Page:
The Leuner Lab conducts preclinical research to address issues/questions that are specific to the female brain and women’s brain health:

Neuroimmune alterations in the peripartum brain
There are robust changes in the maternal immune system which are necessary to support a successful pregnancy. To date, these immune changes have been observed in the periphery but a fundamental gap exists in our understanding of whether immune changes extend to the brain to influence behavior. We are investigating how microglia, the primary innate immune cells of the brain, are altered across the peripartum period and following gestational stress. We are also examining their role in maternal care and how they may contribute to stress-induced depressive-like behavior during the postpartum period. Collaboration with the Lenz Laboratory.

Exposure to gestational stress as a translational model for postpartum depression
Becoming a mother is usually regarded as one of life’s most emotionally positive and rewarding experiences but for a significant number of women, the postpartum period can instead be a difficult time accompanied by mental illness. Indeed, recent analyses indicate that at least 15% of new mothers worldwide each year are affected by postpartum depression (PPD). Although PPD is common and known to be detrimental for maternal well-being and to adversely affect mother-infant interactions, the neurobiology of PPD is understudied and thus poorly understood. To address this issue, my laboratory has developed a rodent model of postpartum depression based on a well-known risk factor, chronic exposure to stress during pregnancy. We have found that postpartum rats exposed to chronic gestational stress exhibit increased depressive-like behavior as well as several other behavioral changes which reflect some of the symptoms seen in depressed mothers including impaired maternal care, cognitive dysfunction and reward-related deficits. Our goal is to understand how stress affects brain circuits that underlie these behaviors in order to elucidate potential mechanisms that may contribute to maternal depression.

The impact of opioids on the maternal brain and behavior
7% of pregnant women use opioids, constituting a major public health problem for mothers and their children. Most research focuses on how opioid exposure in utero affects child neurodevelopment; Yet pregnancy is also a time of significant change in the mother’s brain, allowing for the onset of mothering. The dynamic nature of the pregnant mother’s brain also renders it vulnerable to insults that could derail caregiving abilities, precipitate postpartum depression, or drive drug relapse. We are using a preclinical rodent model of pregnancy opioid exposure, alongside chronic stress, which is high in individuals who use opioids, in order to characterize the impact on: 1) maternal caregiving; 2) anxiety/depression; and 3) maternal brain systems that may underlie behavioral outcomes and which may represent targets for therapeutic intervention. Collaboration with the Lenz Laboratory.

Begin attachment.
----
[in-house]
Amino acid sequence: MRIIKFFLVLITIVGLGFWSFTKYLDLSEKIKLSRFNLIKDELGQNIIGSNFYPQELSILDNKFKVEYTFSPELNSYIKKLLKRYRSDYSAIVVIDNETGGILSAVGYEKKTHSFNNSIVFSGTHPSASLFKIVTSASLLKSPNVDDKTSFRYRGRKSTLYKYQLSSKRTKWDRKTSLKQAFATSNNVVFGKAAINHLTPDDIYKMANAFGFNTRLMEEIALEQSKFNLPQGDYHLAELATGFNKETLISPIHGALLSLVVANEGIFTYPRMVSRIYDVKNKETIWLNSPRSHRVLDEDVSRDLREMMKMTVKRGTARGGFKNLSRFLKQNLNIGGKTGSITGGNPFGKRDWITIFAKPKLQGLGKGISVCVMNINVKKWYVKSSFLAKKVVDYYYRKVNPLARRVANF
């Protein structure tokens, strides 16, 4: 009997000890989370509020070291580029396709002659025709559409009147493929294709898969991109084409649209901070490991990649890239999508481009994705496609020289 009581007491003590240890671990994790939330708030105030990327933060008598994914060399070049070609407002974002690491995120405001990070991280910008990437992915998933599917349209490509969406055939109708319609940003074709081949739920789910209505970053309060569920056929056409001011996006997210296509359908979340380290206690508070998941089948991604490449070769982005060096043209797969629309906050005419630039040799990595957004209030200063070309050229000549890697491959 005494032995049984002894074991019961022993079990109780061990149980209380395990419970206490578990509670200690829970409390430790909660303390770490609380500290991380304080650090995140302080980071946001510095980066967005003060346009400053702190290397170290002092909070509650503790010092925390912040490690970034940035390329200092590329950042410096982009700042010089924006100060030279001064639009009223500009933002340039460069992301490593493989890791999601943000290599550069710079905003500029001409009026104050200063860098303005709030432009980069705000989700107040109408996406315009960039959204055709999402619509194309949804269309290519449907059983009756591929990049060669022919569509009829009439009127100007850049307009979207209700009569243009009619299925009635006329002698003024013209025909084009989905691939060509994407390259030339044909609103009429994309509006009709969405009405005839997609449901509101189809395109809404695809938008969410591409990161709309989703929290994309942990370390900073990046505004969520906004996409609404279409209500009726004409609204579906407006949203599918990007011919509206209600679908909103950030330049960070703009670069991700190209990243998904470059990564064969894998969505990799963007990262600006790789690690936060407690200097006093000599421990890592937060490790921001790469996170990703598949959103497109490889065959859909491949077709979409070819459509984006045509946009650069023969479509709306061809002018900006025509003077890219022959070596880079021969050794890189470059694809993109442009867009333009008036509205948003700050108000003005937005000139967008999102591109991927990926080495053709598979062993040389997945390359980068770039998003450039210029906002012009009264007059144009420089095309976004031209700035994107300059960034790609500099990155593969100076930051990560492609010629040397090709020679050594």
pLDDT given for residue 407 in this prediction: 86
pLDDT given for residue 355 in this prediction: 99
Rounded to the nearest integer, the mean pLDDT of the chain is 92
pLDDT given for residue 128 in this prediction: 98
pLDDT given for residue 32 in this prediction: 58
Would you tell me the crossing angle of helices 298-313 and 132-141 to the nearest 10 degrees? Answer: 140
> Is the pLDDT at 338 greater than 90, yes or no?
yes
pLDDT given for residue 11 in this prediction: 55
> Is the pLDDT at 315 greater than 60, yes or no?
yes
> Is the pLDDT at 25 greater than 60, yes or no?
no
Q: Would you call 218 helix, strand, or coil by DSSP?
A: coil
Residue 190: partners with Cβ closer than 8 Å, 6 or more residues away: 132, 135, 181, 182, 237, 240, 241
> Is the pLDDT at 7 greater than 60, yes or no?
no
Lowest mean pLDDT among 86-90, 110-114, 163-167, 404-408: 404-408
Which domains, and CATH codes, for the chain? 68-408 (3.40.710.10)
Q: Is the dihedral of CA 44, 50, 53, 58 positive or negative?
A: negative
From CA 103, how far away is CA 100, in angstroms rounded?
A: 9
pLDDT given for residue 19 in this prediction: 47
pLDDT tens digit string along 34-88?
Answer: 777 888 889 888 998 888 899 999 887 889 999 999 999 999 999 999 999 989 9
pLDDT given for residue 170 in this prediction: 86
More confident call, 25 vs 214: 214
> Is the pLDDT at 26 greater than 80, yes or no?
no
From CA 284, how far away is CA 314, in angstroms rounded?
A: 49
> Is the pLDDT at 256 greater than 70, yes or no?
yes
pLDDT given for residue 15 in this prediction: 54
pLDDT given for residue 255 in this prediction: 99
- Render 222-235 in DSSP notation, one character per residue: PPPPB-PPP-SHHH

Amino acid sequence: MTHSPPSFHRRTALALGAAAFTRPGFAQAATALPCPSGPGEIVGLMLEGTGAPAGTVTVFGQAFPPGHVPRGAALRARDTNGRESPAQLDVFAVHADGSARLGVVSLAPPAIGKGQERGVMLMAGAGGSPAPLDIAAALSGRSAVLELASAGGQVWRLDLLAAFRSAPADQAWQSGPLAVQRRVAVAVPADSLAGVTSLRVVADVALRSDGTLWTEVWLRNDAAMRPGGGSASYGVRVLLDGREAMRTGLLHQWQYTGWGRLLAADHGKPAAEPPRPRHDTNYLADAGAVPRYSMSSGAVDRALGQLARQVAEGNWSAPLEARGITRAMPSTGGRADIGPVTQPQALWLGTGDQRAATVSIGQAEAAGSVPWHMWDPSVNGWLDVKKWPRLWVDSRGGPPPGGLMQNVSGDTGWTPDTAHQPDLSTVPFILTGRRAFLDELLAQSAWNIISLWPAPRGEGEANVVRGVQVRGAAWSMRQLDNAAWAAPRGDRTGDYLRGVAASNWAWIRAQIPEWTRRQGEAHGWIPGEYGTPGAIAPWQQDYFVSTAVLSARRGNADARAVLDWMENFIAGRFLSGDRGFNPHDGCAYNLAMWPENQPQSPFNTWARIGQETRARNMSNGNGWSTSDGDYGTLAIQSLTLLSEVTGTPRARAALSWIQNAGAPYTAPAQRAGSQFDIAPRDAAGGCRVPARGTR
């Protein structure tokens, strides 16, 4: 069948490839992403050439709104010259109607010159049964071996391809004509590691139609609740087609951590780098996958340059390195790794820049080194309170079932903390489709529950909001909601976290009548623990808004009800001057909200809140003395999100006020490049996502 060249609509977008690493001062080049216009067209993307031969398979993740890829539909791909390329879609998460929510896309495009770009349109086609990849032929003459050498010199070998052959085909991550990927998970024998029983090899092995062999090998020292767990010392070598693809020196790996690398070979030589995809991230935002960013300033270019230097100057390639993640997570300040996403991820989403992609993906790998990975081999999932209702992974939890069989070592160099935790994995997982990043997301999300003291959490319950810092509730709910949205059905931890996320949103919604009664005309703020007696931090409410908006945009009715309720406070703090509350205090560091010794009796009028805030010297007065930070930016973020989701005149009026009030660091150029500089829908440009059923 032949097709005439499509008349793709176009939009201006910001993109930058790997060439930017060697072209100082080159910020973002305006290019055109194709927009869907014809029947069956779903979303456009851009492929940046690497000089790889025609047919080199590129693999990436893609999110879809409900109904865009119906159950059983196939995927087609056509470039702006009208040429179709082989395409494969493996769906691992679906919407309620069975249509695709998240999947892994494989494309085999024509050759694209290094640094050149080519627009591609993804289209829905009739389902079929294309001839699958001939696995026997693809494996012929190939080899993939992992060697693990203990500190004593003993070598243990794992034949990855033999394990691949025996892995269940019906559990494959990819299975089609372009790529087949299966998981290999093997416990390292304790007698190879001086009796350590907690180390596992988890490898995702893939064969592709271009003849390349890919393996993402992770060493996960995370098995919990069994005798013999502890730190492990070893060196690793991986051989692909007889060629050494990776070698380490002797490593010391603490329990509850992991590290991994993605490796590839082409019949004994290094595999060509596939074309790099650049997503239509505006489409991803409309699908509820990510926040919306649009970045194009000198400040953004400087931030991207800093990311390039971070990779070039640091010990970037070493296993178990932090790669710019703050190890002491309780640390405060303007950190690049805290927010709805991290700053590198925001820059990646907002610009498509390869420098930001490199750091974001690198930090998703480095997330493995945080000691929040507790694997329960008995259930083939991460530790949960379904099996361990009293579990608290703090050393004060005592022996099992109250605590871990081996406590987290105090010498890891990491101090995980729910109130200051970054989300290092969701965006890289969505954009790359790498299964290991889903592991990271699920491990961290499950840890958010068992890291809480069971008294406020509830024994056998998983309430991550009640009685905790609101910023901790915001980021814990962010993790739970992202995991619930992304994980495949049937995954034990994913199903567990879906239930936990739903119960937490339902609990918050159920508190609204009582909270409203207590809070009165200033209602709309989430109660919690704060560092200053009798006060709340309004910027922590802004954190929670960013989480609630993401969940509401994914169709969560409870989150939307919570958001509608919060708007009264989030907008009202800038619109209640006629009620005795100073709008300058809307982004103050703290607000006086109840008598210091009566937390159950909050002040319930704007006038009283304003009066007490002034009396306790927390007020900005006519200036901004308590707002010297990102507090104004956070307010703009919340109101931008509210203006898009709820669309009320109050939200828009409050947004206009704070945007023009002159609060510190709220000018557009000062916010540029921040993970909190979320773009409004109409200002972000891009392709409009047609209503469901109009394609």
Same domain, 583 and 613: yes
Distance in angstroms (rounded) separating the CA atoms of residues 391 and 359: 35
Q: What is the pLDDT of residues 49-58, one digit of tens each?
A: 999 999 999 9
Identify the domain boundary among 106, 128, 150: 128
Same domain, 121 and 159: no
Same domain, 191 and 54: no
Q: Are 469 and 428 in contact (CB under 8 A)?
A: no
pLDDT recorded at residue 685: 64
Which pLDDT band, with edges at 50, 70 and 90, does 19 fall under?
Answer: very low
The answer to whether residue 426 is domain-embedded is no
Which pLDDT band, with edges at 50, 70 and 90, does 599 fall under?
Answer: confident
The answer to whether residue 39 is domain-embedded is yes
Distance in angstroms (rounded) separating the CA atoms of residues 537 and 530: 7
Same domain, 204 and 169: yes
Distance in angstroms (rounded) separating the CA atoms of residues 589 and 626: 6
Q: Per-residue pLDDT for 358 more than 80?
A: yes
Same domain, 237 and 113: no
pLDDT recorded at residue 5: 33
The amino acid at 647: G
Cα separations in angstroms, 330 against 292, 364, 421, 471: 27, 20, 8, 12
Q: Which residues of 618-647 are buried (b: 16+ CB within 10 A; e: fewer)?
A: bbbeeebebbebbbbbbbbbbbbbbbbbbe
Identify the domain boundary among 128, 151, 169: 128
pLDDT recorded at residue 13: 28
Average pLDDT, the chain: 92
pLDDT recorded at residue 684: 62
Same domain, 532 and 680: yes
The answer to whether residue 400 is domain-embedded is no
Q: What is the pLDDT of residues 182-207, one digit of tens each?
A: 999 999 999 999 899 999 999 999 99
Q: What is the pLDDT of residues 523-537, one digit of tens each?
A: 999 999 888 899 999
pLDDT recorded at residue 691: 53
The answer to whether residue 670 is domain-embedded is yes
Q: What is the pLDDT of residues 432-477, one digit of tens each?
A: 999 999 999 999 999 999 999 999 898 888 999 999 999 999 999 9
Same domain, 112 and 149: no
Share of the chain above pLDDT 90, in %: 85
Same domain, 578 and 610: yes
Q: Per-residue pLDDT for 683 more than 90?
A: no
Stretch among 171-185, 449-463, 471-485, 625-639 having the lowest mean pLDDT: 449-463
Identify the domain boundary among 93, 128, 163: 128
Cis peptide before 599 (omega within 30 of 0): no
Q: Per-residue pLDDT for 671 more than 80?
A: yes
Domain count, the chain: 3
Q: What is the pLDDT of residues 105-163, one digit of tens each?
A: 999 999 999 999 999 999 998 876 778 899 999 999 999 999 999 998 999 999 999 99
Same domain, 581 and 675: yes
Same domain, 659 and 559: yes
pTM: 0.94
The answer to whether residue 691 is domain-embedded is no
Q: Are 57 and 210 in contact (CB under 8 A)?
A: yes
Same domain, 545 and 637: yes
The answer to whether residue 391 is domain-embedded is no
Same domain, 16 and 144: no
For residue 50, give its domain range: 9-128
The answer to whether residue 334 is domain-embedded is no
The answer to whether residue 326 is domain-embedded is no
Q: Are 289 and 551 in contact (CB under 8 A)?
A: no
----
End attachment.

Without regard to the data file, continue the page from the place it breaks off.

Developing a translationally relevant model of traumatic brain injury (TBI) in females
There is growing recognition that TBIs are highly prevalent in women and most often result from intimate partner violence (IPV). Yet, clinical and preclinical studies addressing the neural and behavioral correlates of brain injury in females are lacking. We are developing a translational model of traumatic brain injury in females with high relevance to IPV. Collaboration with the Kokiko-Cochran and Vonder Haar Laboratories.

Effects of hormonal contraceptives on the adolescent brain
Millions of individuals take hormonal contraceptives (HC) often starting at adolescence when ovarian hormones have important effects on brain maturation, especially the the prefrontal cortex (PFC). Yet, there is a fundamental lack of information about the consequences of hormonal alterations with adolescent HC use on PFC development. Considering that HC usage among adolescents has been associated with greater depression risk in adulthood, we aim to understand how HC influence mood regulating brain regions like the PFC. Collaboration with the Lenz Laboratory.


We use a variety of techniques in our research including:

Behavioral assays to assess cognitive, emotional and social behaviors including attentional set shifting, elevated plus maze, open field, forced swim test, sucrose preference test, social interaction test, conditioned place preference, maternal behavior

Stereotaxic surgery to provide pharmacological treatments into specific brain regions

Neuroanatomical techniques such as Golgi and DiI labeling for analysis of neuronal morphology, tract tracing, immunohistochemical and immunoflurorescent staining, brightfield and confocal microscopy, IMARIS

Molecular biology and biochemical analyses such as qPCR, Western blot and ELISA


The lab has been funded by grants from:
National Science Foundation
National Institute of Mental Health
Eunice Kennedy Shriver National Institute of Child Health and Human Development
Brain and Behavior Research Foundation
The Ohio State University Chronic Brain Injury Program
The Ohio State Addiction Innovation Initiative